Dr. Luis Williams Pollo Rivera
Dr. Luis Williams Pollo Rivera died in arbitrary detention on February 12, 2012. Dr. Pollo was a surgeon who specialized in traumatology and orthopedics in Peru. He was serving a 10 year prison sentence for allegedly rendering support to the Shining Path “through his medical knowledge.”
In 1992, Dr. Pollo was accused of supporting the Shining Path “through his medical knowledge.” Within weeks, he was sentenced to life in prison for treason by a military tribunal of masked judges after having been provided ten minutes to present his defense. The Shining Path member who alleged that Dr. Pollo provided him with medical treatment later affirmed in writing that the police pressured him into making a false accusation. As a result, a civilian court later acquitted Dr. Pollo of all charges in 1994. The Supreme Court of Peru affirmed this decision in 1996.
On August 26, 2003, Dr. Pollo was arrested and physically carried out of the hospital where he was working by members of the National Intelligence Directorate (DIRIN). He was again accused of rendering support to the Shining Path “through his medical knowledge.” At trial, the government presented no evidence that Dr. Pollo ever associated with the Shining Path, spoke out against the Peruvian government, or advocated violence. The only evidence presented was statements by Shining Path members, obtained under interrogation, that Dr. Pollo provided them with medical treatment between 1989-1991. Dr. Pollo strenuously denied these claims and several witnesses backed his version of events. The National Terrorism Chamber convicted Dr. Pollo and sentenced him to 10 years imprisonment. The Supreme Court of Peru upheld the conviction.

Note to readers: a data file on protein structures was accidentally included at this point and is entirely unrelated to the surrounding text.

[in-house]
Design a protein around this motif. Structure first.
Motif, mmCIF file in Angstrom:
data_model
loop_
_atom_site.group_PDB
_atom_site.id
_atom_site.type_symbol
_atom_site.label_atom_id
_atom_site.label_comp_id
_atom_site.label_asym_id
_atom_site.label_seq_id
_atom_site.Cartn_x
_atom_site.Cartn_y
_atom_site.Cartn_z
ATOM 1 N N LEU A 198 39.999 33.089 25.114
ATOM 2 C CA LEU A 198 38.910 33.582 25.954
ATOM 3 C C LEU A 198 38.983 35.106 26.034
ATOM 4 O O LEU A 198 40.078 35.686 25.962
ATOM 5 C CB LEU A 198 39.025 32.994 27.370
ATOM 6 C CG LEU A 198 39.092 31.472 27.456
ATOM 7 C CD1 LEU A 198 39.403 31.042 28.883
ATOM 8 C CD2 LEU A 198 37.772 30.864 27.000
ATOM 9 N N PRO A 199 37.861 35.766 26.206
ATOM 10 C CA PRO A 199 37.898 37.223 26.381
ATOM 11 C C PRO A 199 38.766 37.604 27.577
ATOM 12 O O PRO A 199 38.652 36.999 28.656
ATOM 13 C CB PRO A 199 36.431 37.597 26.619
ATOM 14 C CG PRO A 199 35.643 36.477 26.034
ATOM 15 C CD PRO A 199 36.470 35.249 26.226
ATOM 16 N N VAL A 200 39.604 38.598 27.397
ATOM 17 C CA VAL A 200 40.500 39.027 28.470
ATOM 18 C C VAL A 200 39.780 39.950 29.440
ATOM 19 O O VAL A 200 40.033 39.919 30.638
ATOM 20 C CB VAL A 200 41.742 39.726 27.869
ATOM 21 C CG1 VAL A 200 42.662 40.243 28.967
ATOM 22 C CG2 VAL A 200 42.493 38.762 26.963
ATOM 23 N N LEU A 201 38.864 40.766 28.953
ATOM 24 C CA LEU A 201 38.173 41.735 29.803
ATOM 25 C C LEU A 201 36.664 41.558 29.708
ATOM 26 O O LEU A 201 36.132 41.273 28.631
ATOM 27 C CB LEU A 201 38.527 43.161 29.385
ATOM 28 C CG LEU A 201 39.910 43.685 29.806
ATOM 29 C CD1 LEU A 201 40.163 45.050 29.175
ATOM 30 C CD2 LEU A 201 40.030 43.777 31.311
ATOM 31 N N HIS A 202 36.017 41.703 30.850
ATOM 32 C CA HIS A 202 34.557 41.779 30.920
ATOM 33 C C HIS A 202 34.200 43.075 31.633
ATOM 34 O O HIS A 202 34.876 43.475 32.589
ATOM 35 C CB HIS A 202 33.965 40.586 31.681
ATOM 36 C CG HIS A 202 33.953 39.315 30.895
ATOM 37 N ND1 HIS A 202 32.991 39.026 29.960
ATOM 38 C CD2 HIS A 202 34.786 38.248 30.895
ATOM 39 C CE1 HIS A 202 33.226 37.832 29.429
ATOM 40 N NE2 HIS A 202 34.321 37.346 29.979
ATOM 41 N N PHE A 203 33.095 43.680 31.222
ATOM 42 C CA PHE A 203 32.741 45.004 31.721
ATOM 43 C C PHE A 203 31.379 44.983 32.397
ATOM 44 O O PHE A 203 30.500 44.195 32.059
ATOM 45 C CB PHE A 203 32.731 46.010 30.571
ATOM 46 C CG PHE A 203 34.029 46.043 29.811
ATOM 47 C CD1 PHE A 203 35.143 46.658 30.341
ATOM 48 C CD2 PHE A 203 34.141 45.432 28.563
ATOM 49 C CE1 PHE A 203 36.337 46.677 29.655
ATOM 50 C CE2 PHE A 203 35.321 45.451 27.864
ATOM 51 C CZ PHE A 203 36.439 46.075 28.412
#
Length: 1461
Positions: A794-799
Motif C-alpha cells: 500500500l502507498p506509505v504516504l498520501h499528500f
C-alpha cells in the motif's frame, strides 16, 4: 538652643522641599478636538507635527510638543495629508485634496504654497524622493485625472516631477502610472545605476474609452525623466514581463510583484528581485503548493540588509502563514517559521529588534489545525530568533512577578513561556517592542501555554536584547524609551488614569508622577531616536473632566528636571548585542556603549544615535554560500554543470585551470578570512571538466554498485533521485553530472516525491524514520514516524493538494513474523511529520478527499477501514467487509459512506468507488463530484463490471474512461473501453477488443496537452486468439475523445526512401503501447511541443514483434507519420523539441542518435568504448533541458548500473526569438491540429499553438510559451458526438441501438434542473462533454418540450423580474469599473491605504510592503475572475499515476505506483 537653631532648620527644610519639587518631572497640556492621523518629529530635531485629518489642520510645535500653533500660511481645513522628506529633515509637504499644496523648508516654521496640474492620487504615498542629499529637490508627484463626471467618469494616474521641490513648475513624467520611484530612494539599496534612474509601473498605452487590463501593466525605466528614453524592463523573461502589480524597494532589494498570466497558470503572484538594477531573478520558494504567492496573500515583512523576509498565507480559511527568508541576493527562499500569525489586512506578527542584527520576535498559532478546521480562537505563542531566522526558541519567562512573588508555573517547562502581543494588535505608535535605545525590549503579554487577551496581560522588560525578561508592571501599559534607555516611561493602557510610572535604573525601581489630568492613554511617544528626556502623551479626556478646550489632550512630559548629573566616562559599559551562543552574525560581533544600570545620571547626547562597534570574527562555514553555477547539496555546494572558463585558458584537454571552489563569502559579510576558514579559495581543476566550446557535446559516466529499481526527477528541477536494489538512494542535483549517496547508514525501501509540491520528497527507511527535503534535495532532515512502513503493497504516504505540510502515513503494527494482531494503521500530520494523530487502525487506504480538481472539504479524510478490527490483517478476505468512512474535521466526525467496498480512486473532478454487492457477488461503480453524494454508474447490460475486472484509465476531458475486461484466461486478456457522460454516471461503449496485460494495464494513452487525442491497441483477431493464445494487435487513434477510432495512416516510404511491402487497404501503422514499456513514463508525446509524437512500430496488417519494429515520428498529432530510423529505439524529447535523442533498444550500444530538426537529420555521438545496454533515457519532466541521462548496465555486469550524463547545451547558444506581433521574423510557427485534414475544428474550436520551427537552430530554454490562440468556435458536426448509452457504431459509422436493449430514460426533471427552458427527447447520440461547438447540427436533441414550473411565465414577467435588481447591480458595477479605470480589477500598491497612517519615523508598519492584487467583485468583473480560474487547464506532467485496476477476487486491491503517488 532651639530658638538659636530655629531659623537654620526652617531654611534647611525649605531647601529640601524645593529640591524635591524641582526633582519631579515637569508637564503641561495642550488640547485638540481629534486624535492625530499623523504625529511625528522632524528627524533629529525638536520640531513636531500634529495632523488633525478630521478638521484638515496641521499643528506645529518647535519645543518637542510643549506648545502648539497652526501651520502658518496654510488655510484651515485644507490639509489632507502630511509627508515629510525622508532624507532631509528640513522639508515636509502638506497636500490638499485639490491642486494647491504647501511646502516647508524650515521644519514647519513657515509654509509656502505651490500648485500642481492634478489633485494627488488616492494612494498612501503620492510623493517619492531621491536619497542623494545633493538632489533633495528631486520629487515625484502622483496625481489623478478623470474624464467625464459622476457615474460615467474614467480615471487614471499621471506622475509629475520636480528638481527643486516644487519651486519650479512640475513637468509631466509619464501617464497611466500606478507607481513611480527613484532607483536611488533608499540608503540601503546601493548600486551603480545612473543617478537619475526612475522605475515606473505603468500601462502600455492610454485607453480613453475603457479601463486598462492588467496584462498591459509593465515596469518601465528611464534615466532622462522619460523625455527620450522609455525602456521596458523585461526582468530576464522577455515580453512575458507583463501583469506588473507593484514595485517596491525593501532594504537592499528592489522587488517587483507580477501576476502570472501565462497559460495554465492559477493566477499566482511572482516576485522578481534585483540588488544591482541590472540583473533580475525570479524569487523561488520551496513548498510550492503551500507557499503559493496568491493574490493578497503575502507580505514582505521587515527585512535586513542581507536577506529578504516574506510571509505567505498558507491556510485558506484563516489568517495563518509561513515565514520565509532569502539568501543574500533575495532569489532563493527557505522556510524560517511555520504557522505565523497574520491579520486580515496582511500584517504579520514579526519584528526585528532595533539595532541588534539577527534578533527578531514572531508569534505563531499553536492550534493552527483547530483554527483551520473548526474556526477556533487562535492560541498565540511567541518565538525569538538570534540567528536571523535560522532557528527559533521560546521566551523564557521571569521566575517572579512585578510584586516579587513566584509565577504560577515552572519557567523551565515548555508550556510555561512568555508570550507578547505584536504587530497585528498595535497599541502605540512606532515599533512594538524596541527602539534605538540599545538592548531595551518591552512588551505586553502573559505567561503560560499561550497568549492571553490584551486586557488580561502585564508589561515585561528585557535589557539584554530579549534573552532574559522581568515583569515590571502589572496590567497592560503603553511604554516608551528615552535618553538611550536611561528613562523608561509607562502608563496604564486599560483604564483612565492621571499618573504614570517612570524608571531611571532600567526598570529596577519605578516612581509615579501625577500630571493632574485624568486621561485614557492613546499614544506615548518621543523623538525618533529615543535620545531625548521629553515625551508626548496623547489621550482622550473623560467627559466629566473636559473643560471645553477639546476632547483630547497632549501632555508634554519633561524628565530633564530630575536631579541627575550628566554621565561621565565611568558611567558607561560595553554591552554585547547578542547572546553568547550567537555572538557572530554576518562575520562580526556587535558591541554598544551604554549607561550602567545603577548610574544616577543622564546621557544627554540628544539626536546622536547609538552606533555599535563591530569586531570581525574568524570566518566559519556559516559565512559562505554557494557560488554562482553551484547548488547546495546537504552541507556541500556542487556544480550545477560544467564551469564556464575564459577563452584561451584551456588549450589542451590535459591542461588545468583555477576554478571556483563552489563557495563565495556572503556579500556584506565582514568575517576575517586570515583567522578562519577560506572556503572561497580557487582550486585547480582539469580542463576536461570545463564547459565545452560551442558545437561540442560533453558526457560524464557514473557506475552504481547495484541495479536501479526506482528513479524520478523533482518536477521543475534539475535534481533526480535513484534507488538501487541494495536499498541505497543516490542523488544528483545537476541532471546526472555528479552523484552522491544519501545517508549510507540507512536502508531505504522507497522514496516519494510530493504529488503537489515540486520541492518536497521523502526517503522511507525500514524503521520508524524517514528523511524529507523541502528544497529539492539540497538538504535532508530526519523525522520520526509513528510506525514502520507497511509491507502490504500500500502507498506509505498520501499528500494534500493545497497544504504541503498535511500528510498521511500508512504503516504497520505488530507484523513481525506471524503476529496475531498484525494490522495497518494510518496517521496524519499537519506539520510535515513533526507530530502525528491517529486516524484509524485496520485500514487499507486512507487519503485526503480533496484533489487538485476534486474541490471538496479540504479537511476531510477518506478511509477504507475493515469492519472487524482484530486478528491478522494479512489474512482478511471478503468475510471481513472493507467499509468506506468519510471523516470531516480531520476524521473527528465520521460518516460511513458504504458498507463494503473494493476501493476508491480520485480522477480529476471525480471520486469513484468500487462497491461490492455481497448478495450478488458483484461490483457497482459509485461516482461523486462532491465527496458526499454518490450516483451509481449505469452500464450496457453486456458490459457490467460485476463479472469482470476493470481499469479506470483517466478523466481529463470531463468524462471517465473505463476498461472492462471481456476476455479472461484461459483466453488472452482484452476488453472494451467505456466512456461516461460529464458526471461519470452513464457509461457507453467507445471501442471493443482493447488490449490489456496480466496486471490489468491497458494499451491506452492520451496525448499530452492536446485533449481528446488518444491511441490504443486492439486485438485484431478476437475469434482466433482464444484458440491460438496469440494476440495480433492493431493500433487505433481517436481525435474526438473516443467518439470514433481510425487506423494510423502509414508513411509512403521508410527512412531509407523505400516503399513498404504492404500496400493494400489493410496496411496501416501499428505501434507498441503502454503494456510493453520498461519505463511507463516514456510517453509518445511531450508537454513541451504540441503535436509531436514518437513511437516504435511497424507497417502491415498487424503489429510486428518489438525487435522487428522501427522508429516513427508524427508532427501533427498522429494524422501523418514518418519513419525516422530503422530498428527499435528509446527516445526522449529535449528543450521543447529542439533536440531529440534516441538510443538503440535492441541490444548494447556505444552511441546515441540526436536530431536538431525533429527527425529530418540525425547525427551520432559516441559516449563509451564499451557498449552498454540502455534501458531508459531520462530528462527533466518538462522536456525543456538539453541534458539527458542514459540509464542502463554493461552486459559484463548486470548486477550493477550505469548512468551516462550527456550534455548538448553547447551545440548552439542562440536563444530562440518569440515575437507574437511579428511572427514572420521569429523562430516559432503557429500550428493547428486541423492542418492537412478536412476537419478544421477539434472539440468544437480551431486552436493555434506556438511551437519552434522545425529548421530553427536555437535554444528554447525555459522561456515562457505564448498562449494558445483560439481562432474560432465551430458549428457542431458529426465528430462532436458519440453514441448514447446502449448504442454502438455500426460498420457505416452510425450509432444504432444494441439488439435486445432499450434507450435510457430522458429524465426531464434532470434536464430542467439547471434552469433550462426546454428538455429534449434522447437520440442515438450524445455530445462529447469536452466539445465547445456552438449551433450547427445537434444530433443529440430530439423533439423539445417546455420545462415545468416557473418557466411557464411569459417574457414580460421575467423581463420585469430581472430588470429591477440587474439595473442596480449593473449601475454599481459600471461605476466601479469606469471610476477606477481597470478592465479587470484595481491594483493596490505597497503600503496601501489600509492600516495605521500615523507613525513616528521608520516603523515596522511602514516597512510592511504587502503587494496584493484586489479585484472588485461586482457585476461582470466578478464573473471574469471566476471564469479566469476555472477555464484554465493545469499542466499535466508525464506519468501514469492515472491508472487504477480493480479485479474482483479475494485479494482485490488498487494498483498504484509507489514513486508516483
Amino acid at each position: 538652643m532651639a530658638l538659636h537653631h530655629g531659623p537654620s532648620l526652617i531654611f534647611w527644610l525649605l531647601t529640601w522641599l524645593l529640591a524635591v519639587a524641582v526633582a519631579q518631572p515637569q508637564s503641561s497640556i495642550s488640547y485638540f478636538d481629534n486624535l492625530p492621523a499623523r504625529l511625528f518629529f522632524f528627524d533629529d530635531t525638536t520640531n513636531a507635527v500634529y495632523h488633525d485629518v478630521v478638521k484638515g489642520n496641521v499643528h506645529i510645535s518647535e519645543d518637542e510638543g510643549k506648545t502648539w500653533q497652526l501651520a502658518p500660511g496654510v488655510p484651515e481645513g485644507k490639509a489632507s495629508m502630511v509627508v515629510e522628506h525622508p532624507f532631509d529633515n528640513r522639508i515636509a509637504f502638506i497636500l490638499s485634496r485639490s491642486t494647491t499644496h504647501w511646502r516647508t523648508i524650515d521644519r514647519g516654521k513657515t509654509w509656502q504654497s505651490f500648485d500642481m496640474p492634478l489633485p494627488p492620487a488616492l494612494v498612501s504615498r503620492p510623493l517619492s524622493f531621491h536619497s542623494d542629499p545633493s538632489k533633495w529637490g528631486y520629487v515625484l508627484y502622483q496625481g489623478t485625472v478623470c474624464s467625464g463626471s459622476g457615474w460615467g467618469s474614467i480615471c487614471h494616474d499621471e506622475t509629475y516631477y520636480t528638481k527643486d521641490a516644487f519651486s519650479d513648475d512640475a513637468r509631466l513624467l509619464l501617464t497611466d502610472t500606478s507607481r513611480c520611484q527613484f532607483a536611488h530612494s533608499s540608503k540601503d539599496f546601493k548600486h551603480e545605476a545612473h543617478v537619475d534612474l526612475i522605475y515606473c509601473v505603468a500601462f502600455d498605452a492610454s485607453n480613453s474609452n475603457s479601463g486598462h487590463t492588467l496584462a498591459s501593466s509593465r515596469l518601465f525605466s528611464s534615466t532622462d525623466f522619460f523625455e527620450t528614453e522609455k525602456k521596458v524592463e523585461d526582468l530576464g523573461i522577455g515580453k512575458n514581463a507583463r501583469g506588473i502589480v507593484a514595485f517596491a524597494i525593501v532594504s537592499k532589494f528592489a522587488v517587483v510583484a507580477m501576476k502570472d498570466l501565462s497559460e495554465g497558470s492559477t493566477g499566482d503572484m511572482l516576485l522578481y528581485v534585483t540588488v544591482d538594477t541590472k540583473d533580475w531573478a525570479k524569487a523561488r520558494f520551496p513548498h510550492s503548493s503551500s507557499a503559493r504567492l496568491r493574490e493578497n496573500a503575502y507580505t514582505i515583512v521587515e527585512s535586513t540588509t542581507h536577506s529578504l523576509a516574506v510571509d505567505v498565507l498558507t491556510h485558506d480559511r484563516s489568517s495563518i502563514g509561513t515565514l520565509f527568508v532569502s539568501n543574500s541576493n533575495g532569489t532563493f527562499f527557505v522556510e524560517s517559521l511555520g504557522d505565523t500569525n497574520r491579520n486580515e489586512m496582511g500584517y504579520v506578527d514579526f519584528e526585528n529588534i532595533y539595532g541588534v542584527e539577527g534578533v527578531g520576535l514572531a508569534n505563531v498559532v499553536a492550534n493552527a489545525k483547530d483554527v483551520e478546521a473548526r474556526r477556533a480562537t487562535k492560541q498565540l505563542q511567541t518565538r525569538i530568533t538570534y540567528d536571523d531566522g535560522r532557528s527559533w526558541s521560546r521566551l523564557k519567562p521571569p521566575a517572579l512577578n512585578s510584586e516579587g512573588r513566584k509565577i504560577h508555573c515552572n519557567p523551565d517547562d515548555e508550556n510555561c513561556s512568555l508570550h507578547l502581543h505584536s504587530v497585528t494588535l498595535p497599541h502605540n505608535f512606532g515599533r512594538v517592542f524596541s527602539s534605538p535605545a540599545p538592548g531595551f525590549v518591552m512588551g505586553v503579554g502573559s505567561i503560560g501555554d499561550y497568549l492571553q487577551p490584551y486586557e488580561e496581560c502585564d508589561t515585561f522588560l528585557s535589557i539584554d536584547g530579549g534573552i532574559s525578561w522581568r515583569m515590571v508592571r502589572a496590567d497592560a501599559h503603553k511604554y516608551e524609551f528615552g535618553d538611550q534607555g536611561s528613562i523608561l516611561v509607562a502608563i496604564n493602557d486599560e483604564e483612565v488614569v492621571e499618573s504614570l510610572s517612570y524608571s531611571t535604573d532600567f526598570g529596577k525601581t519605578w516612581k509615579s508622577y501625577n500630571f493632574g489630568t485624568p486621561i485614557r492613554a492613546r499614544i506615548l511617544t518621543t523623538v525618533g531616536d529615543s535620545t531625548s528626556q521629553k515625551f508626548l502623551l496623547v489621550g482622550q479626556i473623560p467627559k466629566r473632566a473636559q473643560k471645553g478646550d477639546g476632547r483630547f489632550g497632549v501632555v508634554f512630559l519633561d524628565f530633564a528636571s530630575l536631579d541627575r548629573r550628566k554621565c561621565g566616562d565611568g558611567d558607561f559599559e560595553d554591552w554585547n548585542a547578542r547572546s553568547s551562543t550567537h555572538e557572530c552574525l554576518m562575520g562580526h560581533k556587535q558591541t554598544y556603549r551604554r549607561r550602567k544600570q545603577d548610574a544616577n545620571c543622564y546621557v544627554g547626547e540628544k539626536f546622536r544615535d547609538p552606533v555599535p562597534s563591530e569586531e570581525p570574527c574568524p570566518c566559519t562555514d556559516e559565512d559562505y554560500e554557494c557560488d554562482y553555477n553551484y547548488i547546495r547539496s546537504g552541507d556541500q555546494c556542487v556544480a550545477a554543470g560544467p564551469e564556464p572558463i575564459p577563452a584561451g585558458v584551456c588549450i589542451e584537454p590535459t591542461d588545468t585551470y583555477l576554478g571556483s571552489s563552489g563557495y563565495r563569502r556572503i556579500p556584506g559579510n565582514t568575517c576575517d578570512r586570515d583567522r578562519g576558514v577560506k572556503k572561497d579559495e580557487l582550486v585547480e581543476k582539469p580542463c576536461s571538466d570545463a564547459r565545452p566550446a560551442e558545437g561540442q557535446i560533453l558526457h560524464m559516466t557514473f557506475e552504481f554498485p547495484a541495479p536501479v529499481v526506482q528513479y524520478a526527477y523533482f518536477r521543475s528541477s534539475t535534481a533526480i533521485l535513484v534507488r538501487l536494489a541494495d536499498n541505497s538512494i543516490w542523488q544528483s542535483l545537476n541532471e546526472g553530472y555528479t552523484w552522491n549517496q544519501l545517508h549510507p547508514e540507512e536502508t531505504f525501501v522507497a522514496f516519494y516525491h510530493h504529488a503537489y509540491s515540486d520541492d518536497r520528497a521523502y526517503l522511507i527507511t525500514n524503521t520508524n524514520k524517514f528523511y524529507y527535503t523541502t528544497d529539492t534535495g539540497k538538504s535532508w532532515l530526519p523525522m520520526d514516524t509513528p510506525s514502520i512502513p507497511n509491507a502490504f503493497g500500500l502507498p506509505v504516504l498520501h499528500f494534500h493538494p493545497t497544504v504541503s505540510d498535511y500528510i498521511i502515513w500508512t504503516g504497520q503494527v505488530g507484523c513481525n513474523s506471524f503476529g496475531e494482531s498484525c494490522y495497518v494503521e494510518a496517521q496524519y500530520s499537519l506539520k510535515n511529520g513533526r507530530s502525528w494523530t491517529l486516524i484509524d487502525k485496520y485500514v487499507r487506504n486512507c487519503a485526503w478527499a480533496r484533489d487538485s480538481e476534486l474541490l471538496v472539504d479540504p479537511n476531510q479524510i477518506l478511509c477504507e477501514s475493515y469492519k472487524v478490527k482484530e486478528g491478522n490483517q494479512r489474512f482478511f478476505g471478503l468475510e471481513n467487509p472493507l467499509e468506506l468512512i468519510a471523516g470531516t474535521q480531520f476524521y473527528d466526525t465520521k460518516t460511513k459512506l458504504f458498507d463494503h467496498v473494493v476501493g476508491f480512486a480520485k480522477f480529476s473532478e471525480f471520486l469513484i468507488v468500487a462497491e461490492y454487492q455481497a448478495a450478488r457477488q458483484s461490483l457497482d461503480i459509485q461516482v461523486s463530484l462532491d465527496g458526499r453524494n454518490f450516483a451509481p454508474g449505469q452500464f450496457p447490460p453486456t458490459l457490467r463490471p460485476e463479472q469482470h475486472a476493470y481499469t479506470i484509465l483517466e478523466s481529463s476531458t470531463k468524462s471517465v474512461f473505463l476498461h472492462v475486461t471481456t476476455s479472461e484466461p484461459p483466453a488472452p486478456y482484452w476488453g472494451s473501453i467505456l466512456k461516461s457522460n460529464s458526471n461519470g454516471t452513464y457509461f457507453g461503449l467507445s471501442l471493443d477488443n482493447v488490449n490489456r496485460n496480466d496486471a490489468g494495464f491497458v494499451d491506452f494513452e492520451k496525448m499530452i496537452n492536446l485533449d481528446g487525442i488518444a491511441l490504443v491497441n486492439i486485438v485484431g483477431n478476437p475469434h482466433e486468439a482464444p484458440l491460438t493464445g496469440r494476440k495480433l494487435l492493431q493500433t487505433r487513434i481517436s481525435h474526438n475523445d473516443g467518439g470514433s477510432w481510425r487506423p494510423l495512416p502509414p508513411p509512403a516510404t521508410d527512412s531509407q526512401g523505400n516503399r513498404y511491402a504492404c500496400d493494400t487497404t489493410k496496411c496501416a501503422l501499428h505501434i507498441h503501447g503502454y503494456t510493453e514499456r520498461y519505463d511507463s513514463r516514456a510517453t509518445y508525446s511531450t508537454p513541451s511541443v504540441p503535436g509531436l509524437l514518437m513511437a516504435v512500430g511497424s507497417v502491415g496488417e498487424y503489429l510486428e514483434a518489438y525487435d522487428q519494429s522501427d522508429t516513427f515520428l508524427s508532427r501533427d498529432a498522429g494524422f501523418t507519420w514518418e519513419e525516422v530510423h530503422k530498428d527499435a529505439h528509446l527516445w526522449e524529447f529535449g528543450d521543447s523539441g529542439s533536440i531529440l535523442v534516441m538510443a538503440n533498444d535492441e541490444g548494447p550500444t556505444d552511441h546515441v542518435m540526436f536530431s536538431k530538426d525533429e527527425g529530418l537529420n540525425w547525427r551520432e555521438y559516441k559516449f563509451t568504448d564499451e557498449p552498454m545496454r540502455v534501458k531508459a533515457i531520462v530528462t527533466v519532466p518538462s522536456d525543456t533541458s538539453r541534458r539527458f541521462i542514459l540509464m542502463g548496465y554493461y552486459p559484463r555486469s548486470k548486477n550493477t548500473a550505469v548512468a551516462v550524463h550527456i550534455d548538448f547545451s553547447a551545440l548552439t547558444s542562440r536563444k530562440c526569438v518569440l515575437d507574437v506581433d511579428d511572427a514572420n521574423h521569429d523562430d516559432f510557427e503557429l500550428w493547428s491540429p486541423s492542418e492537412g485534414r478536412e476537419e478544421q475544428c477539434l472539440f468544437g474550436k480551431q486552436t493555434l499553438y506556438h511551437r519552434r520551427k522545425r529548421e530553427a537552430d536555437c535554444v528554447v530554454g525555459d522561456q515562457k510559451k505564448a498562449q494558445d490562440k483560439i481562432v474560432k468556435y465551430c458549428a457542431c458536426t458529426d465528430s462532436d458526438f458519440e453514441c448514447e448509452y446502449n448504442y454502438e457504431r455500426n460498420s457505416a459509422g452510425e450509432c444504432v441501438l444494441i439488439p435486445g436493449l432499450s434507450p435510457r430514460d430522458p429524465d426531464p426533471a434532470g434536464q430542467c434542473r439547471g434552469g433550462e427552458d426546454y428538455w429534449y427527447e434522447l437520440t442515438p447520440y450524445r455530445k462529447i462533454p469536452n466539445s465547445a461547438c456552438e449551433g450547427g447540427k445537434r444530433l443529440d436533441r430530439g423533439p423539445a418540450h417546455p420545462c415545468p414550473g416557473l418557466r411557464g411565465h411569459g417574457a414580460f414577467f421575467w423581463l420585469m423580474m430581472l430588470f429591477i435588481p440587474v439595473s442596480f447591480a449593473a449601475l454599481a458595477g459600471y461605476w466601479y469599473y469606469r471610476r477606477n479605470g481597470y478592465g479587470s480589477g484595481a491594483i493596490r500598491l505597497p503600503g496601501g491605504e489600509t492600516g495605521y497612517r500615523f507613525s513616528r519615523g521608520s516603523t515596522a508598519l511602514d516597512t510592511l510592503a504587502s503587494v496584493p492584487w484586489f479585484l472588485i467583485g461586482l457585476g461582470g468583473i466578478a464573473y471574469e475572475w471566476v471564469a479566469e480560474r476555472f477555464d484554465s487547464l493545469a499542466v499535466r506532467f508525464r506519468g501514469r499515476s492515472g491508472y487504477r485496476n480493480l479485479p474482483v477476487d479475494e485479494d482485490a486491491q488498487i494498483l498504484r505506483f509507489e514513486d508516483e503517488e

Whether or not Dr. Pollo provided this treatment, however, is immaterial. The act of providing medical treatment does not violate Peruvian or international law. On the contrary, doctors have an obligation to help the injured, regardless of their patients’ political affiliation, beliefs, or actions. The Peruvian government’s prosecution of Dr. Pollo was therefore a clear violation of international law. In 2004, the Inter-American Court of Human Rights in De La Cruz Flores v. Peru reiterated the international prohibition on criminalizing medical acts. In that case, the court ordered Peru to release a doctor who was detained for allegedly aiding a terrorist group by administering needed medical treatment.
Freedom Now worked with Dr. Pollo’s Peruvian counsel, Carolina Loayza Tamayo, a professor at the Universidad de Lima, who represented him before the Inter-American Commission on Human Rights. Dr. Pollo’s case was deemed admissible by the Commission.
In May 2010, Freedom Now filed a petition with the UN Working Group on Arbitrary Detention on Dr. Pollo’s behalf. The Working Group determined in February 2011 his detention violated international law.
Dr. Pollo’s health had declined substantially in recent years. He suffered from diabetes mellitus with progressive loss of vision from an unspecified paralytic syndrome and secondary hypertension. He also suffered from spinal injuries resulting from torture inflicted on him during his first period of imprisonment. In 2007, Peruvian authorities moved Dr. Pollo to a hospital in order to comply with an order by the Inter-American Commission of Human Rights that called for immediate medical attention. Although Dr. Pollo spent these last few years in a hospital, he did so under the authority of prison officials as he remained a prisoner.
Just days before his death, Dr. Pollo had been moved to the infectious diseases ward, where his health rapidly deteriorated. Serious questions have been raised as to the quality of medical care Dr. Pollo had been receiving.
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Can you imagine a doctor being imprisoned just for treating a patient, or a journalist detained simply for publishing an article critical of his government?